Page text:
To create a hostile working environment, the harassment must be "both subjectively and objectively so severe or pervasive as to alter the conditions of her employment and create an abusive working environment." Wyninger v. New Venture Gear, Inc., 361 F.3d 965, 975 (7th Cir. 2004). To be actionable, the working environment must be "one that a reasonable person would find hostile or abusive, and one that the victim in fact did perceive to be so." Cerros v. Steel Techs., Inc., 288 F.3d 1040, 1045 (7th Cir. 2002). "In determining whether the environment was objectively hostile, a court must consider all of the circumstances, including the frequency and severity of conduct, whether it is threatening and/or humiliating or merely offensive, and whether the harassment unreasonably interferes with an employee's work." Id. at 975-76; see also 29 C.F.R. § 1604.11(a) (defining sexual harassment as "verbal or physical conduct of a sexual nature" that unreasonably interferes with the individual's work performance). "In the typical case, it is a combination of severity and frequency that reaches the level of actionable harassment." Patton, 455 F.3d at 816. To determine if Plaintiffs experienced a severe or pervasive hostile work environment at USCC's Bedford Park retail store, the Court must review each Plaintiff's claim individually.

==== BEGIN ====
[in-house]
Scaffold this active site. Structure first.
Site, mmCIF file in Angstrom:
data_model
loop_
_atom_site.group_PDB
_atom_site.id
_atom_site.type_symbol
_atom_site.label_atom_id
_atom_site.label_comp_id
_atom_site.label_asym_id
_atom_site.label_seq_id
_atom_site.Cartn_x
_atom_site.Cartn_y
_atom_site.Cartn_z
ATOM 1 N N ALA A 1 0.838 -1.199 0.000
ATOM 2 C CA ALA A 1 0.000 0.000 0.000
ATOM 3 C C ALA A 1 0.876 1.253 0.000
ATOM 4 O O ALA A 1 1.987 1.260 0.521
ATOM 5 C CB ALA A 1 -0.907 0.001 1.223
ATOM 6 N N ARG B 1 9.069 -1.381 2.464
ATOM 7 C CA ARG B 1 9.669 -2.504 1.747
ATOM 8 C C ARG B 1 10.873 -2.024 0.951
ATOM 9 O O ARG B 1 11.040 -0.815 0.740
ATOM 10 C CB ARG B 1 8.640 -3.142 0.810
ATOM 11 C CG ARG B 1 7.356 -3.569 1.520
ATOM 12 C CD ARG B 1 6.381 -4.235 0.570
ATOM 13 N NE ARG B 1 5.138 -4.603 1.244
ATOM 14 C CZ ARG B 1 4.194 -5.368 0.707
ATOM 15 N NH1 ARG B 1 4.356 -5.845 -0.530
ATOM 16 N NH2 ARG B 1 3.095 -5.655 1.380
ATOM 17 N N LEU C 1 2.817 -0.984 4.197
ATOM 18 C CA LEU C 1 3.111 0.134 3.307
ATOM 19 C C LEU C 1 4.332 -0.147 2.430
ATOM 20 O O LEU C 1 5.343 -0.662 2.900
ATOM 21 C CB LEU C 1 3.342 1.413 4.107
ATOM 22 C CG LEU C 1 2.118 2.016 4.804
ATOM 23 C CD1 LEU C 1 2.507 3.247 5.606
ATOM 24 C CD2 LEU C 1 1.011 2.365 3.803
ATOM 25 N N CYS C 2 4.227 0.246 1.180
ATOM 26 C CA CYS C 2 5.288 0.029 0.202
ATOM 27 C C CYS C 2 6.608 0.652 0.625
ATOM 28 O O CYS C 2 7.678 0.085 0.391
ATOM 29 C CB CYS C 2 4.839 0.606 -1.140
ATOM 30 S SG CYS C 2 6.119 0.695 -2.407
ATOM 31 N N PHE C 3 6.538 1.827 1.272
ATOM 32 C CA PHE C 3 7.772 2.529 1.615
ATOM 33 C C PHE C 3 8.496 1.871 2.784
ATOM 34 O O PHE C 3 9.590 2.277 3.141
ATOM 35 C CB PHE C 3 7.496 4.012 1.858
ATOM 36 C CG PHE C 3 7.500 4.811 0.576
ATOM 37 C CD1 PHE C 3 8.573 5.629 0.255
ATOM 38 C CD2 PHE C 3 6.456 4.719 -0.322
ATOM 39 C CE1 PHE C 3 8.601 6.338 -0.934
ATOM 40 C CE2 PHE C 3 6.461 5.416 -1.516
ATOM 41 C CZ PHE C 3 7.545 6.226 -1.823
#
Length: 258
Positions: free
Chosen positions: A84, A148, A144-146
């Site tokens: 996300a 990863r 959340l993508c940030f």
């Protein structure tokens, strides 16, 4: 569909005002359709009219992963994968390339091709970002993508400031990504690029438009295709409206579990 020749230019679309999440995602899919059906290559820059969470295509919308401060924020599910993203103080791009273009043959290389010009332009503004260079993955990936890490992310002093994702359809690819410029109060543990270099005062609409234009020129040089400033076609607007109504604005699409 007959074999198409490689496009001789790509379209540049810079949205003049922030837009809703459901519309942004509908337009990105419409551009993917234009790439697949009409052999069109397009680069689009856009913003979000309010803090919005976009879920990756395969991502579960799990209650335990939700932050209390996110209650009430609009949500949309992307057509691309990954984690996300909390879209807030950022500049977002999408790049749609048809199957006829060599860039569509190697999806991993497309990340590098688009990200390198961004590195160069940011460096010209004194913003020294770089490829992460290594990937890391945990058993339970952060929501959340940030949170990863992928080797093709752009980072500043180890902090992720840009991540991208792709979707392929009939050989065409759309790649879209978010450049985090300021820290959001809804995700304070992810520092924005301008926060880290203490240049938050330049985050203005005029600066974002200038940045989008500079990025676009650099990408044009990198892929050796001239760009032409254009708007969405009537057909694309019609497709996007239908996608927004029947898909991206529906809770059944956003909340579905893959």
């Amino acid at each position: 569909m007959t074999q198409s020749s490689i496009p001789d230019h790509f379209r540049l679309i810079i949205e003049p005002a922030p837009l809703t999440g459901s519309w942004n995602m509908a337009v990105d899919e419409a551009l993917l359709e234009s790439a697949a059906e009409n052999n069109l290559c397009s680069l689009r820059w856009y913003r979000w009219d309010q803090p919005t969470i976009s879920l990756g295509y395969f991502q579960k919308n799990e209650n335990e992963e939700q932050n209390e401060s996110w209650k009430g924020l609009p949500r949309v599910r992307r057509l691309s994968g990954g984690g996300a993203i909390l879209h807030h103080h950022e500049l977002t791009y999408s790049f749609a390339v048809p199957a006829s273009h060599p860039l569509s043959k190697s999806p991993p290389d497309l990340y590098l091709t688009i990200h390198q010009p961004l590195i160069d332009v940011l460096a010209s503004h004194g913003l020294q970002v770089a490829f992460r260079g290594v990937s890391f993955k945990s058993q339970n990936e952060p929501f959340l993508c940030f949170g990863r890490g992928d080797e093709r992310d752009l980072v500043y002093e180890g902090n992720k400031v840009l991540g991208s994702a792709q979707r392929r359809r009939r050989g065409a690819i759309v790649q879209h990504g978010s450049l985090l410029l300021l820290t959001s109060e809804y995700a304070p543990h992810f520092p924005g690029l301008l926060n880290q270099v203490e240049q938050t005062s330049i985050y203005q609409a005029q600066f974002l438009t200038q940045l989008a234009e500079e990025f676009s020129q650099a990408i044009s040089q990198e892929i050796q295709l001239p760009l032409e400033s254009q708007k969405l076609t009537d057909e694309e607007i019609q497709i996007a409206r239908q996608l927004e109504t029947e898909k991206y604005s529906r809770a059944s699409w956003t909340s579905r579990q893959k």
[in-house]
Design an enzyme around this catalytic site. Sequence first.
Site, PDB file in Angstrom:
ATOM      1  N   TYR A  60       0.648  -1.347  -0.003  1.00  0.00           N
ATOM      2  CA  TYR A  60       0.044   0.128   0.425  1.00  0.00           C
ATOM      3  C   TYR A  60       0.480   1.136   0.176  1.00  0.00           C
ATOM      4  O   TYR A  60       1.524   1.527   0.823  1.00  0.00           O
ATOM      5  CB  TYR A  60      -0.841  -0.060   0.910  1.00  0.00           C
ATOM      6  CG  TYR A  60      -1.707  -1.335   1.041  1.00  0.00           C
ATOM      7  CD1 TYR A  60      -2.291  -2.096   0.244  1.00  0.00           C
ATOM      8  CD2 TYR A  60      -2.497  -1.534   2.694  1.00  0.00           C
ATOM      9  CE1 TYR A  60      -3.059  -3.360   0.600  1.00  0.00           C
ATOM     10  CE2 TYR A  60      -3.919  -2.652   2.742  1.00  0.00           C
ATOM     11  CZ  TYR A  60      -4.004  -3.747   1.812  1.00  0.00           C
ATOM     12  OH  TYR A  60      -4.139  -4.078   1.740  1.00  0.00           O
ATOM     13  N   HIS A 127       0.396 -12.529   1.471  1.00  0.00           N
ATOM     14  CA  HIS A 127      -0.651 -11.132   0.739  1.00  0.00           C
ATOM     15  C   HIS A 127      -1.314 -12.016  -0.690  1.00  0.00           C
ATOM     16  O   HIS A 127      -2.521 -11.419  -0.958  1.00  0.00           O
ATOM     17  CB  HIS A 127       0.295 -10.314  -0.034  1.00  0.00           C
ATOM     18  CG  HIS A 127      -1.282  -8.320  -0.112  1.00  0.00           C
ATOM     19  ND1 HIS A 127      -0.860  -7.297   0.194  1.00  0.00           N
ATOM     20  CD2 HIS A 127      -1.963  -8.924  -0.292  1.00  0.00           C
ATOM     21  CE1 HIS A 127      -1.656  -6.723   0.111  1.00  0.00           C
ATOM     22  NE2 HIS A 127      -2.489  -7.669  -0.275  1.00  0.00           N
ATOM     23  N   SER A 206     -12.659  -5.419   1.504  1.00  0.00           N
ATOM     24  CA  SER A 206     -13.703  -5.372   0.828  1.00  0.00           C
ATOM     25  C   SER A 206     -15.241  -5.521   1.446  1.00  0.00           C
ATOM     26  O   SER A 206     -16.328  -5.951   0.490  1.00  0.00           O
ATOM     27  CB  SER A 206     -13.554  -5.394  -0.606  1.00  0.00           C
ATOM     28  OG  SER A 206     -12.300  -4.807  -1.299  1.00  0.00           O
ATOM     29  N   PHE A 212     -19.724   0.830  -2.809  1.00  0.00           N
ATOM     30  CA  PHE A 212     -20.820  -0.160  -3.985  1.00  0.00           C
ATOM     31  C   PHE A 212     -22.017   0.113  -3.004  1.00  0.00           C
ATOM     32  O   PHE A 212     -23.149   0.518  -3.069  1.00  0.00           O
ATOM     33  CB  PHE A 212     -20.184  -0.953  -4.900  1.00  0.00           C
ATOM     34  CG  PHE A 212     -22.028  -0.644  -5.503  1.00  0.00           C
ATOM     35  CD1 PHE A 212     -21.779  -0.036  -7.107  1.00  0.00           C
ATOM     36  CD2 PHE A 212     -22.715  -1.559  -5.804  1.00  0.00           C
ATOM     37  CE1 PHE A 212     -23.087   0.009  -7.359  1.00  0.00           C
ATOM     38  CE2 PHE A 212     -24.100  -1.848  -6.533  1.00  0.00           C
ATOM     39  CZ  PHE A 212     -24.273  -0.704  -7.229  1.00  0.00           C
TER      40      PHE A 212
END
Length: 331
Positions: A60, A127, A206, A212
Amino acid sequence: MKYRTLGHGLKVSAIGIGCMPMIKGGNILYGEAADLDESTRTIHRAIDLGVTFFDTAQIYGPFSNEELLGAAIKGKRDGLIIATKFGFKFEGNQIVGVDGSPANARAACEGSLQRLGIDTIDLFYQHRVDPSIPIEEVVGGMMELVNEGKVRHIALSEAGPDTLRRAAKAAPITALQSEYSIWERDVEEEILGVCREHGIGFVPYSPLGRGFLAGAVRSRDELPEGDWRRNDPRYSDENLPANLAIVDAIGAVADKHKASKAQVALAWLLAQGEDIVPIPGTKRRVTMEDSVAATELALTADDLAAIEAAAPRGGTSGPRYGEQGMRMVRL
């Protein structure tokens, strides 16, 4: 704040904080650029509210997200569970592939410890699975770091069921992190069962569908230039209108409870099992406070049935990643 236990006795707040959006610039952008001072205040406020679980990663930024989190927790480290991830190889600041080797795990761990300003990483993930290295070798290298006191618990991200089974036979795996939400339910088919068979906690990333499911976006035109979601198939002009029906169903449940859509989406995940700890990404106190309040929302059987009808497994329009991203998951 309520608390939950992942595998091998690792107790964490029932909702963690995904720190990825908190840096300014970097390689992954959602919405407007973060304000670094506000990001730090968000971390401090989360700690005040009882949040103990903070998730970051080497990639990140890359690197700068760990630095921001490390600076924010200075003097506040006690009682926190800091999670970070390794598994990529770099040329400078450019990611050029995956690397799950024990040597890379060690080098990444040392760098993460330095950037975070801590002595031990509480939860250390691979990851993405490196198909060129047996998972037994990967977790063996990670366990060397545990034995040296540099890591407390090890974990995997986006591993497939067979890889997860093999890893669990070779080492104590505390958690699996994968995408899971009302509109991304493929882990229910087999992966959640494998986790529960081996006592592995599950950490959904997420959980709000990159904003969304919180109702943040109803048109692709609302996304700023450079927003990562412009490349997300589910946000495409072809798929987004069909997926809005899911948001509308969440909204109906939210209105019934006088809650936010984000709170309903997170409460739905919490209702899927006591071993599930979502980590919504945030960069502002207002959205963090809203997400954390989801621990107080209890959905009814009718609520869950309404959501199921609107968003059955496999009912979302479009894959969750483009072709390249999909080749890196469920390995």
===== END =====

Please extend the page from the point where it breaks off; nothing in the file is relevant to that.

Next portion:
i. Enriquez

Enriquez essentially claims that she experienced a severe or pervasive hostile work environment over the course of five months based upon three different kinds of harassment: 1) comments that Welch made to Enriquez about Enriquez; 2) comments that Welch made about customers that Enriquez overheard; and 3) Welch attempting to kiss Enriquez in his office.